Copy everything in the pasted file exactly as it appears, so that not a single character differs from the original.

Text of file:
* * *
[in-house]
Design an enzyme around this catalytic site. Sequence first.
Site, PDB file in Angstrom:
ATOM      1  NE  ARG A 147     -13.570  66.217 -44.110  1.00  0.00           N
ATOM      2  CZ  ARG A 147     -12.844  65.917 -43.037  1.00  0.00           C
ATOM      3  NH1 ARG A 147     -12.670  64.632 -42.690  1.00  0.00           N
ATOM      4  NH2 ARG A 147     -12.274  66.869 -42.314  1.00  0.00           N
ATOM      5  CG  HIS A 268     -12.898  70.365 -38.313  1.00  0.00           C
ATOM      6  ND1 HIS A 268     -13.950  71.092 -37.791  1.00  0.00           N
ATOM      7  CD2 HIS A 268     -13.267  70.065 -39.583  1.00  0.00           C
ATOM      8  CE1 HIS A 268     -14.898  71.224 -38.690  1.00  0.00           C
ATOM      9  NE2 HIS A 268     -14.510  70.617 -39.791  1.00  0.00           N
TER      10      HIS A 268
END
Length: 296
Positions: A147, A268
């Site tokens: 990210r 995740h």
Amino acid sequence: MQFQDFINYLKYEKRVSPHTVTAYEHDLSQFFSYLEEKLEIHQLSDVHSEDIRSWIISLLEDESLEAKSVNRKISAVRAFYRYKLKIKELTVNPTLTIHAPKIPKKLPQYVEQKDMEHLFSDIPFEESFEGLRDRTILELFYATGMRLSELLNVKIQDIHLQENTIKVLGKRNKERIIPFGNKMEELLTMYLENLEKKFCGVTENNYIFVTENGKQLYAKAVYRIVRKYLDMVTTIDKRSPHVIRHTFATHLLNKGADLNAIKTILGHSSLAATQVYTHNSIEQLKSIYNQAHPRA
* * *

[in-house]
Design an enzyme around this catalytic site. Sequence first.
Site, PDB file in Angstrom:
ATOM      1  NE  ARG A 147     -13.570  66.217 -44.110  1.00  0.00           N
ATOM      2  CZ  ARG A 147     -12.844  65.917 -43.037  1.00  0.00           C
ATOM      3  NH1 ARG A 147     -12.670  64.632 -42.690  1.00  0.00           N
ATOM      4  NH2 ARG A 147     -12.274  66.869 -42.314  1.00  0.00           N
ATOM      5  CG  HIS A 268     -12.898  70.365 -38.313  1.00  0.00           C
ATOM      6  ND1 HIS A 268     -13.950  71.092 -37.791  1.00  0.00           N
ATOM      7  CD2 HIS A 268     -13.267  70.065 -39.583  1.00  0.00           C
ATOM      8  CE1 HIS A 268     -14.898  71.224 -38.690  1.00  0.00           C
ATOM      9  NE2 HIS A 268     -14.510  70.617 -39.791  1.00  0.00           N
TER      10      HIS A 268
END
Length: 296
Positions: A147, A268
């Site tokens: 990210r 995740h």
Amino acid sequence: MQFQDFINYLKYEKRVSPHTVTAYEHDLSQFFSYLEEKLEIHQLSDVHSEDIRSWIISLLEDESLEAKSVNRKISAVRAFYRYKLKIKELTVNPTLTIHAPKIPKKLPQYVEQKDMEHLFSDIPFEESFEGLRDRTILELFYATGMRLSELLNVKIQDIHLQENTIKVLGKRNKERIIPFGNKMEELLTMYLENLEKKFCGVTENNYIFVTENGKQLYAKAVYRIVRKYLDMVTTIDKRSPHVIRHTFATHLLNKGADLNAIKTILGHSSLAATQVYTHNSIEQLKSIYNQAHPRA